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The writers' strike could mean the end of TV show pilotsTV
This is actually a pretty interesting story...it looks like the studios have been trying to change the development model for shows for quite a while now, but the writers' strike might finally give them the opportunity to do that by shifting the TV show timelines.
The TV networks and studios have been trying for years to transition to year-round development, avoiding the huge cost of shooting pilots that mostly disappear without a trace before the season starts in September.

Now the prospect of a long strike might present the best opportunity yet to do that. Several networks, including Fox and NBC, are said to be working on new development strategies, including forgoing pilots altogether or borrowing from the cable development model.

A drama pilots costs between $5 million and $10 million to make. Sitcoms are almost as expensive. With most networks ordering 20-30 pilots out of more than 100 scripts and picking up about a quarter of them to series, pilots have become a major drag on the conglomerates' bottom line.

Last month, News Corp. president and COO Peter Chernin touted to investors the savings in pilot-season costs that the Fox Broadcasting parent was making because of the writers strike. NBC is going further, eliminating pilots in some cases and going straight to series.

"Pilots are ridiculously expensive, you're fighting for the same pool of talent and they don't represent what the series would be anyway," one top network executive said.
It looks like a lot of the push for a new model is coming from the fact that cable networks are having a lot more success using different strategies:
Even for the top-tier ad-supported cable networks, their budgets are 25%-30% lower than those of similar broadcast series. Despite that, they've been able to attract such top talent as Glenn Close (FX's "Damages") Holly Hunter (TNT's "Saving Grace") and Kyra Sedgwick (TNT's "The Closer") as well as big audiences, crossing the 10 million viewers mark in the summer with "Closer." And some of them, including USA Network's "Burn Notice" and "Psych," can even be recycled on broadcast TV this season if the strike drags on.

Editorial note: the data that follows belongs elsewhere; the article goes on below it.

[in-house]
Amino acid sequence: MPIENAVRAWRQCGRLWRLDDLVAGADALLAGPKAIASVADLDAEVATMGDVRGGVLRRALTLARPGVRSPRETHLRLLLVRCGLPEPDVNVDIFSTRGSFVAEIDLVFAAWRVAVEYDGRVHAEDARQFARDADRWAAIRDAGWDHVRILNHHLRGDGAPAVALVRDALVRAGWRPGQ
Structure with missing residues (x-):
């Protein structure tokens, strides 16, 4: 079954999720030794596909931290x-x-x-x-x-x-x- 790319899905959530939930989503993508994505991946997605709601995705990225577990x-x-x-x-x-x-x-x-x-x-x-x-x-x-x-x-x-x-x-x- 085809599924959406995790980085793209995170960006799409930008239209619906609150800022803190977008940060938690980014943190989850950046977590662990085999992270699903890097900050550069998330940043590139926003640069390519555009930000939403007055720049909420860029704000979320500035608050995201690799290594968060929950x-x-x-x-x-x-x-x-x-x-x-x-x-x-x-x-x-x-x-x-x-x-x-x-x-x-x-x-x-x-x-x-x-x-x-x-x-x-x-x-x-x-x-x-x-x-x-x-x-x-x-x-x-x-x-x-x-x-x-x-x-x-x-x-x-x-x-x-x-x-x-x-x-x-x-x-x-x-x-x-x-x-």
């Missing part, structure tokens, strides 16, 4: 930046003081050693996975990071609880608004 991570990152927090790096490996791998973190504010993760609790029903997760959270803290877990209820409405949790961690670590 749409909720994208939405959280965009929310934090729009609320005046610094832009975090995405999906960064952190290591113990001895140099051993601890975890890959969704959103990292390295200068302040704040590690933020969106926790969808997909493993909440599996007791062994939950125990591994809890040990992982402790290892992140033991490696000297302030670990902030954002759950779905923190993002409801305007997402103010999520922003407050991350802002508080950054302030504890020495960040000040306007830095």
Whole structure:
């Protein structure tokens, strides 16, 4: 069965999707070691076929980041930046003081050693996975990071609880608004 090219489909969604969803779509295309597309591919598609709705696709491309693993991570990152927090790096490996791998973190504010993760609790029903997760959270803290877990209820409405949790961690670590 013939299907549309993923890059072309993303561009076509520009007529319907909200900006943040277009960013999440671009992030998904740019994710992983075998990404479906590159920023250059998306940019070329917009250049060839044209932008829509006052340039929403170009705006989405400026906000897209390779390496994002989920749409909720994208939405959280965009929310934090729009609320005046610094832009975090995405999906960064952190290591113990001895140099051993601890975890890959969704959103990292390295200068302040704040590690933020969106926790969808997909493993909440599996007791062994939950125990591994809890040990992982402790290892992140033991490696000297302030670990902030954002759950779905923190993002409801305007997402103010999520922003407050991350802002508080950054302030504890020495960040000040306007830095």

This past summer, about a dozen scripted series premiered on ad-supported cable. Seven of them -- TNT's "Grace," FX's "Damages," USA's "Notice" and "The Starter Wives," Lifetime's "Army Wives," TBS' "The Bill Engvall Show" and AMC's "Mad Men" -- were picked up for a second season.

This fall, 23 scripted series premiered on broadcast. Only eight of them -- ABC's "Pushing Daisies," "Private Practice," "Samantha Who?" and "Dirty Sexy Money" and CBS' "The Big Bang Theory," NBC's "Chuck" and "Life" and the CW's "Gossip Girl" -- have been ordered for a full season.

The pilot-to-series ratio for the cable networks is impressive, too. For example, USA picked up all of its three pilots to series.

Cable networks generally spend more time on development. It took three years between the pitch and the airdate for FX's "The Riches" and "Grace." The cable networks, which order about 15-20 scripts a year and two to three pilots a year, often commission two to three additional scripts after the pilot to see where the series is headed before handing out an episodic order.
Unfortunately the article concludes that the whole idea of changing models may just be a bunch of talk because as long as the ad buyers are buying in bulk (instead of per show) and the studio executives are getting hired/fired based on show success, the studios are stuck in a rut which the strike may only have temporarily disrupted.

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